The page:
Geothermal heat pumps exceed the needs of homeowners searching for models with 2-ton outputs as they’re usually designed for large venues. Read our guide through the humidity control systems for further information on how you can control humidity levels in your home.
As their name indicates, ductless mini-split heat pumps don’t require ducting to heat or cool a room. These systems contain indoor and outdoor units connected by flexible tubing, enabling the refrigerant to move between the two units.
Their power output depends on the model, but finding a 2-ton ductless mini-split heat pump shouldn’t be difficult.
This is by far the most common type of heat pump. The outdoor and indoor units move the air outward or inward through the tubing that connects them. The refrigerant in the system either absorbs or releases the heat depending on the heat pump’s current mode of operation.
These hybrid systems are perfectly suited for climates with stark temperature differences between the winter and summer months. Dual fuel heat pumps draw heat from a furnace while they’re in the heating mode, and they utilize air for cooling purposes.
In addition to being energy efficient, these systems have varying output capacities, so you can choose a model that is best suited for your home.
Understanding the output capacity ratings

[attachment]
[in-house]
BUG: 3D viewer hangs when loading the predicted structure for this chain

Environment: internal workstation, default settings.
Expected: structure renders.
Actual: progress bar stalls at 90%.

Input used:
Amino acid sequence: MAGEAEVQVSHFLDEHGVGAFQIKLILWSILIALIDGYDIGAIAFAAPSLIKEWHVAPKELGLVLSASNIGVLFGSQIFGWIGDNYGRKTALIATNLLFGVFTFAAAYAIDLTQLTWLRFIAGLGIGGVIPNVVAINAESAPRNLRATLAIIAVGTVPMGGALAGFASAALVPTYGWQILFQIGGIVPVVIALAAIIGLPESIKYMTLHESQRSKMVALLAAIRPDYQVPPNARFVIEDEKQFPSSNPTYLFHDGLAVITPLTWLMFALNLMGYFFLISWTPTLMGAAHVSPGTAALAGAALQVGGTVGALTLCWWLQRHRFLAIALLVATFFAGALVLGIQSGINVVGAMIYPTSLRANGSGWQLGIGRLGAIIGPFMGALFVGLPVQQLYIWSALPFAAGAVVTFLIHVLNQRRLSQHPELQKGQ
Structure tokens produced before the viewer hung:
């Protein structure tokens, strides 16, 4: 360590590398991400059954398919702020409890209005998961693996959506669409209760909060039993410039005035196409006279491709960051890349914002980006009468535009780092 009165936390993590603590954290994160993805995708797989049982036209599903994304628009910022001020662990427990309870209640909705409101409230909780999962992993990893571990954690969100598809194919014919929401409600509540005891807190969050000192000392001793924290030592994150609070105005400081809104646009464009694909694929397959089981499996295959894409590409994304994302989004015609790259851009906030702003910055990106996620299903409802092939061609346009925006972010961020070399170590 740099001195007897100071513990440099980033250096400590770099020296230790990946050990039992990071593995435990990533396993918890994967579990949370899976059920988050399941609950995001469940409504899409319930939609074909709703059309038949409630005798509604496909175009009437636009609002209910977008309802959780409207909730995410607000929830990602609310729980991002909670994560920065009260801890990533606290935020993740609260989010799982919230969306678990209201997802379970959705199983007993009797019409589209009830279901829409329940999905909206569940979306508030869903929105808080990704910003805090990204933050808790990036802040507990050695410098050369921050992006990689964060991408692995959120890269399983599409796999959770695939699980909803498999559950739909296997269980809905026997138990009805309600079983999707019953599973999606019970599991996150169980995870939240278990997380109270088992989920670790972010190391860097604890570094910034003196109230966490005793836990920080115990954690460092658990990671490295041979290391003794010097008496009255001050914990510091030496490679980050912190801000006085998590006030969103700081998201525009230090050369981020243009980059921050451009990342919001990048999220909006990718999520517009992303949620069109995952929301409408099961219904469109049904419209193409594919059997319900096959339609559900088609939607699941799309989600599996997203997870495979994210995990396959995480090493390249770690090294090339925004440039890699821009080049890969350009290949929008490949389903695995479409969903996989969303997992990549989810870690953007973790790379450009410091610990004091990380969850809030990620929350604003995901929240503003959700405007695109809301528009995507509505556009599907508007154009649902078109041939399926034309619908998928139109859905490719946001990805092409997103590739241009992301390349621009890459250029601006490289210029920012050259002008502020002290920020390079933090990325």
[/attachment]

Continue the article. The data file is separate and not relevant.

The heat pump’s output is measured in BTUs, so for instance, a system with a maximum output of 56.000 BTUs can cover areas of up to 3.100sq/ft.
However, companies use another metric for the heat pump systems with output capabilities of over 10.000BTUs per hour. A heat pump system with 12.000 BTUs is sometimes labeled as a 1-ton heat pump, while a model with 18.000BTUs has 1.5 tons.
Manufacturers don’t always include the heat pump’s output in the specifications, and they opt to replace it with the unit’s seasonal energy efficiency ratio.
Although the 14 SEER should be the equivalent of a 2-ton heat pump, this isn’t always the case, and you’ll encounter models with SEER ratings ranging from 10 to 21. That’s why you need to go through the specifications of the heat pump system you’re interested in to determine its exact power output.
Compatibility with other HVAC systems
Depending on the heat pump type you choose, you may or may not be able to pair the heat pump with other HVAC systems in your home. Most models have moderate heating capabilities, which is why heat pumps can’t replace a heating system in cold climates entirely.
Dual fuel heat pumps are your best option if you need a system that can heat or cool your home efficiently because they’re compatible with furnaces that serve as their source of hot air.
It is advisable to consult with an HVAC technician on the heat pump’s compatibility with other HVAC systems in your home to find out if connecting them is possible.
It is also worth pointing out that taking steps to increase your home’s energy efficiency reflects positively on the performance of the heat pump unit. Go through our guide to heating systems for more information on how these systems work.
The most important factors to consider while choosing a 2-ton heat pump
The specifications of different heat pump models can seem incomprehensible and confusing to someone who hasn’t encountered terms like SEER or single-stage compressor before.